And why would you consider it a grass-roots initiative?

The project has been initiated by the Austrian National Union of Students. As such it is an initiative from students for prospective students. It is, therefore, not only a grassroots initiative, but also an initiative based on peer support.

What challenges needed to be solved in this project?

During the first four years of the programme (2009/2010 - 2013/2014) all events offered by student mentors could be offered as there was sufficient funding to compensate all student mentors for their time. In the academic year 2014/2015 more events were offered by student mentors, which led to increased participation. However, the original allocated budget for compensating mentors was not enough anymore. The Austrian National Union of Students covered the budget shortfall out of their own budget. As a result, events have to be more carefully selected now to ensure that they fit within the allocated budget for the initiative (Žitňanský 2017: 66).

Is this initiative based on any particular theoretical framework? Which one?

According to Yorke (1997) (as cited by Žitňanský 2017) the five most significant reasons for student drop-out are that the higher education institution is not a good fit; the student is not feeling well prepared for the higher education experience; a lack of commitment to the course; financial hardship or poor academic progress. The initiative seeks to address the first three issues, namely to support prospective students in making informed choices about the higher education institution, the programme and feeling better prepared for studying in higher education in general. It does so based on a concept of peer guidance.

(Appendix) Is your intervention standing on its own or is it a part of a bigger and more holistic approach?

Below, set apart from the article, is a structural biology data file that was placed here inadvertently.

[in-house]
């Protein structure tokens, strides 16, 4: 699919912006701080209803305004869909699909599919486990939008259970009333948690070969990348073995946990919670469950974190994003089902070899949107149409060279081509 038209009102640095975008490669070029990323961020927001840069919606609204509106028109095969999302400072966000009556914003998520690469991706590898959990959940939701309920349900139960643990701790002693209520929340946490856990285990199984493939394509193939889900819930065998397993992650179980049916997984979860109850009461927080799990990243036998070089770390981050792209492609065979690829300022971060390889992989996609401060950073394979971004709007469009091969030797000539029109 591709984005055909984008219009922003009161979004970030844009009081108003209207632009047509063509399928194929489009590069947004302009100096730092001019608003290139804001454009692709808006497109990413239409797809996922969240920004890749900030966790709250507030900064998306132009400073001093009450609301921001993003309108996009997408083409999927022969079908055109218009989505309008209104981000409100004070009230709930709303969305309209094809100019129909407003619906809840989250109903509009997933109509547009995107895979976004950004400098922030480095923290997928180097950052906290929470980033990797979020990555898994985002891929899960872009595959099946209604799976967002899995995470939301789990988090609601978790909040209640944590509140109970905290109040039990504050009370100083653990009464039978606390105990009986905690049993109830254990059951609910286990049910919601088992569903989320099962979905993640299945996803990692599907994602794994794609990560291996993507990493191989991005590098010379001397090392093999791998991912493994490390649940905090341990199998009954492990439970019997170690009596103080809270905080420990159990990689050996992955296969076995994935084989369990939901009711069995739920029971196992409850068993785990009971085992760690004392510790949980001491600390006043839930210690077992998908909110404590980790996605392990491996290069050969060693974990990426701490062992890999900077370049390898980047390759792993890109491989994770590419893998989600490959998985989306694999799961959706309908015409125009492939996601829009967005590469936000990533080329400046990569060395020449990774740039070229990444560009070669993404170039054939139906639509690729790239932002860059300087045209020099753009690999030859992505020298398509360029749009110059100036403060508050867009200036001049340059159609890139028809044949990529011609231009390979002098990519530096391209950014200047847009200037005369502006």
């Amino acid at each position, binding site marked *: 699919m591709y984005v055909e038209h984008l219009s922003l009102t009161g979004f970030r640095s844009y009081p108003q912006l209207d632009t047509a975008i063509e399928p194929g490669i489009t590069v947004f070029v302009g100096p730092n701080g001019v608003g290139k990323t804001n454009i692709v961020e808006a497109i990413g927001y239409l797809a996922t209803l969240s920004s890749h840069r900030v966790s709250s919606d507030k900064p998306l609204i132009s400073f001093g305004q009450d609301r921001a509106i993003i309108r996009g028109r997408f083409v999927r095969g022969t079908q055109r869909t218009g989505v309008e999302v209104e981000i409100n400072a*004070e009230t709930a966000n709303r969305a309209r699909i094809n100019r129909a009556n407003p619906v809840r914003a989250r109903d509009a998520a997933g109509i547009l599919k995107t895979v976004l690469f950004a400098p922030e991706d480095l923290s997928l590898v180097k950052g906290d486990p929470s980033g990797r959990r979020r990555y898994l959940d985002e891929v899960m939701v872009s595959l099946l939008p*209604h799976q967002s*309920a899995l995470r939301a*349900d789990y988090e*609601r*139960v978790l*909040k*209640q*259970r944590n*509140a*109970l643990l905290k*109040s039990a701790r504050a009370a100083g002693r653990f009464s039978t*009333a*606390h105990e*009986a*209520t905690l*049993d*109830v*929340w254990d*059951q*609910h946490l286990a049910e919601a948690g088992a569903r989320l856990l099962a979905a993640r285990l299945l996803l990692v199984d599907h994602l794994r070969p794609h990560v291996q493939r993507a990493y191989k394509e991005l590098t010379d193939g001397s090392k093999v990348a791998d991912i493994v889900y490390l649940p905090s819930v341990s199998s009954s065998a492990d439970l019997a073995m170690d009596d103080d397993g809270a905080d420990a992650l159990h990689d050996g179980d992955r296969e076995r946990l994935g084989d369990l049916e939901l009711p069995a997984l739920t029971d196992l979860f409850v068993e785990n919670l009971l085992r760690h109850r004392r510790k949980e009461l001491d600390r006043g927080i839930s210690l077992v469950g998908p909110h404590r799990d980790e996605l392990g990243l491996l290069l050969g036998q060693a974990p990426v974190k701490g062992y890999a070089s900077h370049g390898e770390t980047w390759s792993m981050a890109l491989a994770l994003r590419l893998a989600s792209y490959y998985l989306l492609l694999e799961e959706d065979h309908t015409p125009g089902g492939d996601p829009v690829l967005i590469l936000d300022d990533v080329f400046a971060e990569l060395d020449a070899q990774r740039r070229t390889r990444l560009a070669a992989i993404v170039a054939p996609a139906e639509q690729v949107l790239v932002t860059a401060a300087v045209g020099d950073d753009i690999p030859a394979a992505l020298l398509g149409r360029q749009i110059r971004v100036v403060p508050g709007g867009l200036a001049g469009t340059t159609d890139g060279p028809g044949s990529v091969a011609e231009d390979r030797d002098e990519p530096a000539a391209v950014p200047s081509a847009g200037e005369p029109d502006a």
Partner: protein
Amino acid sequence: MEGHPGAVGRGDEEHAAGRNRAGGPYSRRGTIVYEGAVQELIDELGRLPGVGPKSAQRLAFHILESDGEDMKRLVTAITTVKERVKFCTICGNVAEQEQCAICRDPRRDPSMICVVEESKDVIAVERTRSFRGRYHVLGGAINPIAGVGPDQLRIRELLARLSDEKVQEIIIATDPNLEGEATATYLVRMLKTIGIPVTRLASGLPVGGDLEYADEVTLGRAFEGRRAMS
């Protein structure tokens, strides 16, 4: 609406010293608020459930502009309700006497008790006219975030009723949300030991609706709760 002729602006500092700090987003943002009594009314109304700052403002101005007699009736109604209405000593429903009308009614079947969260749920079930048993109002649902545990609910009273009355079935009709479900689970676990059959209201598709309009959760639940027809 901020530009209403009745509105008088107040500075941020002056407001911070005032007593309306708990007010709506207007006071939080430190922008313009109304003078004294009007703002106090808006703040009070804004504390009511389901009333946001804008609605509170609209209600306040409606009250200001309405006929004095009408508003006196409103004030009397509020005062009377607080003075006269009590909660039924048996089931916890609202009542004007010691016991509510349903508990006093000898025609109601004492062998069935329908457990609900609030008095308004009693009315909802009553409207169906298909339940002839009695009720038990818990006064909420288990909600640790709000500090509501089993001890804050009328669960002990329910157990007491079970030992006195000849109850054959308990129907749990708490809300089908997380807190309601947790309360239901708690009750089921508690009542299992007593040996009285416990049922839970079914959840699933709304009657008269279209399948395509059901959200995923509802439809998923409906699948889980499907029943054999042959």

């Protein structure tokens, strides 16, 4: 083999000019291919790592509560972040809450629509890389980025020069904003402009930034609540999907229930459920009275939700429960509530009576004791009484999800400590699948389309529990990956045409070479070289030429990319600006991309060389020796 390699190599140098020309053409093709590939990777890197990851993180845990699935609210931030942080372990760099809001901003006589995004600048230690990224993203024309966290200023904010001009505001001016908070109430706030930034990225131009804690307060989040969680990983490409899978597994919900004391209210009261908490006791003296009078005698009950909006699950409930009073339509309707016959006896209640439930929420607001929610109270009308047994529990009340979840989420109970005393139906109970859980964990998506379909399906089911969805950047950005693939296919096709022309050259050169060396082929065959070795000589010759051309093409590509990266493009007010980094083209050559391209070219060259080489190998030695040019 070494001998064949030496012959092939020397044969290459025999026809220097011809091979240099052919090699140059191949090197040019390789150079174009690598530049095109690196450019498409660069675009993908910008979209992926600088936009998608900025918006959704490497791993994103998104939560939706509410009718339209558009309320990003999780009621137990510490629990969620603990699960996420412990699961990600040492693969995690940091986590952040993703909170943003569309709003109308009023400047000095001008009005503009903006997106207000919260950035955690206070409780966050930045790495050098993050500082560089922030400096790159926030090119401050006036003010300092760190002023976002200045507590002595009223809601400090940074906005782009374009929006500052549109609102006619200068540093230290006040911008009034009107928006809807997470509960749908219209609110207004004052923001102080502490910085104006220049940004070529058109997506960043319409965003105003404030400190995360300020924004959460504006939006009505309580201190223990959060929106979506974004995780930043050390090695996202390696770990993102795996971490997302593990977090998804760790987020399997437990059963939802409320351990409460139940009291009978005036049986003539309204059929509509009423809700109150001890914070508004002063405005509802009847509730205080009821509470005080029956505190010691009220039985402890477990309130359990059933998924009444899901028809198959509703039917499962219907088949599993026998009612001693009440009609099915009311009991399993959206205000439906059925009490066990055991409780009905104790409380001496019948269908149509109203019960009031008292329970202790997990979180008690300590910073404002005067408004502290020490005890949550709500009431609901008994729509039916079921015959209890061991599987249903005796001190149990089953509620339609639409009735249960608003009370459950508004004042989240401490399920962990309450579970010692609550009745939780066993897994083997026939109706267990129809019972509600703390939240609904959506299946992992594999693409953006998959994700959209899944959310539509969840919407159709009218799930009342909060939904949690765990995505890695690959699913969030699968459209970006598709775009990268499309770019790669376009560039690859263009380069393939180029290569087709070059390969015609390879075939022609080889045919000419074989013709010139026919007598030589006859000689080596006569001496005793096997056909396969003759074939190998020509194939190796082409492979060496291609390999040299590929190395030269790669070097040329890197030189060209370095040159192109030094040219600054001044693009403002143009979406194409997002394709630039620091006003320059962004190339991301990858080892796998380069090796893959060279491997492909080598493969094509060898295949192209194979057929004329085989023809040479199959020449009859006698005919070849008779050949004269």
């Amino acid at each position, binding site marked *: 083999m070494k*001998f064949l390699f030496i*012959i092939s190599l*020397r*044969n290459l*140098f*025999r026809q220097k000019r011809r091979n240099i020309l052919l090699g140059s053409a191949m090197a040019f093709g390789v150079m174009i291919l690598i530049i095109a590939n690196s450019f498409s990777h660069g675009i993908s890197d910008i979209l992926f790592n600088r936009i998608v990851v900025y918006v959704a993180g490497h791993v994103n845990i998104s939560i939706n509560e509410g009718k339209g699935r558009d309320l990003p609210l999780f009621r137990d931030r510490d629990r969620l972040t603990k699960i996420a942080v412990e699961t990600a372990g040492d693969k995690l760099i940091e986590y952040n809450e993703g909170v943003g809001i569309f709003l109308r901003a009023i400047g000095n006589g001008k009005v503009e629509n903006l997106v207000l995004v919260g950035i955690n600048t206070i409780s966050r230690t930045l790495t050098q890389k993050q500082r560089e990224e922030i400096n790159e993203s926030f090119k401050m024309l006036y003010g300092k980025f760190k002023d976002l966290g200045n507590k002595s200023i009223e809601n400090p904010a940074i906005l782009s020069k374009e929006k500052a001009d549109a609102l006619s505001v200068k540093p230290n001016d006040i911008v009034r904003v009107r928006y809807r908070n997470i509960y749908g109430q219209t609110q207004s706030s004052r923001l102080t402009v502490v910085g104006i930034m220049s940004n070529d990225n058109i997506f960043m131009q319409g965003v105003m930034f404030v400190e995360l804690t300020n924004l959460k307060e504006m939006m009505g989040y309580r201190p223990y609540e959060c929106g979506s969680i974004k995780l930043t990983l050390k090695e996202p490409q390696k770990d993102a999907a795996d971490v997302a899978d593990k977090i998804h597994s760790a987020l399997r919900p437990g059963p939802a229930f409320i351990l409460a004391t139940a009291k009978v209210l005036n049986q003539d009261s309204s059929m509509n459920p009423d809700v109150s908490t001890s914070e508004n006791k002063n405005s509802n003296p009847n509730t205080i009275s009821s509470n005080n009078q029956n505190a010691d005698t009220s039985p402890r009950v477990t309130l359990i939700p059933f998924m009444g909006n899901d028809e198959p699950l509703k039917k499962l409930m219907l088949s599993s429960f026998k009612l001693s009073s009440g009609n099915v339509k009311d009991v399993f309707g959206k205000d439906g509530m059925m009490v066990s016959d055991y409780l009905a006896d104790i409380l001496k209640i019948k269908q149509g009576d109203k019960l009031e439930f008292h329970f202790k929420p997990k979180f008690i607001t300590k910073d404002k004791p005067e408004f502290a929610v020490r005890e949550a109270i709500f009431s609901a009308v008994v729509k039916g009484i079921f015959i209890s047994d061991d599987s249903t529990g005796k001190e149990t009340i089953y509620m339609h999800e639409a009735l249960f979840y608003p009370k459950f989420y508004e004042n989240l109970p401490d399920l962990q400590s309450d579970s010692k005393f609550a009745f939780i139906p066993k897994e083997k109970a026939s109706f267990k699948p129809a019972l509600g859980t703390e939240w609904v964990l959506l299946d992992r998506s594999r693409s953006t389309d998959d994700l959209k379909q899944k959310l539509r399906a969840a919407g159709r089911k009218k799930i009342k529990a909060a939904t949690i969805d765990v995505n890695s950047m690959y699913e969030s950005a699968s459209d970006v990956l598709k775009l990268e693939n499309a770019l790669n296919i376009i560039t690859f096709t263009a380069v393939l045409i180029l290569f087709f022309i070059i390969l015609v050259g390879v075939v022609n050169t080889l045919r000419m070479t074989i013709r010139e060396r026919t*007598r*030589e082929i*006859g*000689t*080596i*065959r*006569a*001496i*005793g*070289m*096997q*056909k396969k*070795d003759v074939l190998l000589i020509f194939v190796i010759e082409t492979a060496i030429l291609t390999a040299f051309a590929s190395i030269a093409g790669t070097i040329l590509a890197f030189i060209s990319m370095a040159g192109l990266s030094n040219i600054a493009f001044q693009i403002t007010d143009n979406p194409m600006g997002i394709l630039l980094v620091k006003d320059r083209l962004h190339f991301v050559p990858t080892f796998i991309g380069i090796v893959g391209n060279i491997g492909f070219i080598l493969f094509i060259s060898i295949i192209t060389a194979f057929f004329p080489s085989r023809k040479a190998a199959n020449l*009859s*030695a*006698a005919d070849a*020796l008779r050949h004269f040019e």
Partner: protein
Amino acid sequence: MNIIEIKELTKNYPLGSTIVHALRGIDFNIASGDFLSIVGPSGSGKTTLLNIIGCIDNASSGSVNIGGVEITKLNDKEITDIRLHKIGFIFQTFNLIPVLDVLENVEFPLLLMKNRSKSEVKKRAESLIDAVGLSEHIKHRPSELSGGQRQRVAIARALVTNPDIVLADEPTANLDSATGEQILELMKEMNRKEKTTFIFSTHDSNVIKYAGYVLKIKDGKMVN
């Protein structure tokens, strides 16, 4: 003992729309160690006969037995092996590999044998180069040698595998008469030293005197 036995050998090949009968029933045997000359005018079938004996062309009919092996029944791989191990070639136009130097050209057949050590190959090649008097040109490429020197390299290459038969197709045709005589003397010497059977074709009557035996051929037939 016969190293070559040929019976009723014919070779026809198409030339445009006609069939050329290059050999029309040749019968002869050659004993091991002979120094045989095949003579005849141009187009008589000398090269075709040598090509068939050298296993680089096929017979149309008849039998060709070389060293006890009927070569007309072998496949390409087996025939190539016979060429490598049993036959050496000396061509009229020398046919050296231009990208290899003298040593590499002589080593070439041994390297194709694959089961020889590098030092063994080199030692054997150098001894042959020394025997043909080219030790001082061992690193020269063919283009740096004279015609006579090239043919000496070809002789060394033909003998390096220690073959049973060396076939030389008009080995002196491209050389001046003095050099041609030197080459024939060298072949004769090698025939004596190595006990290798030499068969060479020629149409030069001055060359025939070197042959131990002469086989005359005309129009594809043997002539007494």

The initiative is just one of a number of projects carried out by the Austrian National Union of Students, such as a website maintained by them called “Studienplattform.at” (https://www.studienplattform.at/), which allows interested individuals to search relevant programmes of study by field of study, higher education institution or city. Žitňanský (2017) also informs that the website of Studieren Probieren is integrated with “Studienplattform.at”, so that students searching for a particular study programme at a particular institution will also see available events of student mentors of Studieren Probieren. If they are interested to join and click on the event, they are directed to the platform of Studieren Probieren where they can register.

Moreover, the Austrian National Union of Student offers counselling specifically targeted at students in upper secondary education to guide them in their choice of study (https://www.oeh.ac.at/en/referate/guidance-counselling-students-and-prospective-students).

Please describe the group(s) intended as beneficiaries of this initiative

Why has this group (have these groups) been chosen?

The project is not limited to any particular groups, but is open to all individuals interested in studying, for example school students, students, workers and those undertaking their compulsory service in the military. The issue of student guidance has been chosen in view of the high share of student drop-out or transfer in Austria.

Could you please tell us something about the relative size of the (of each) target group, within the school/university population, region and/or country?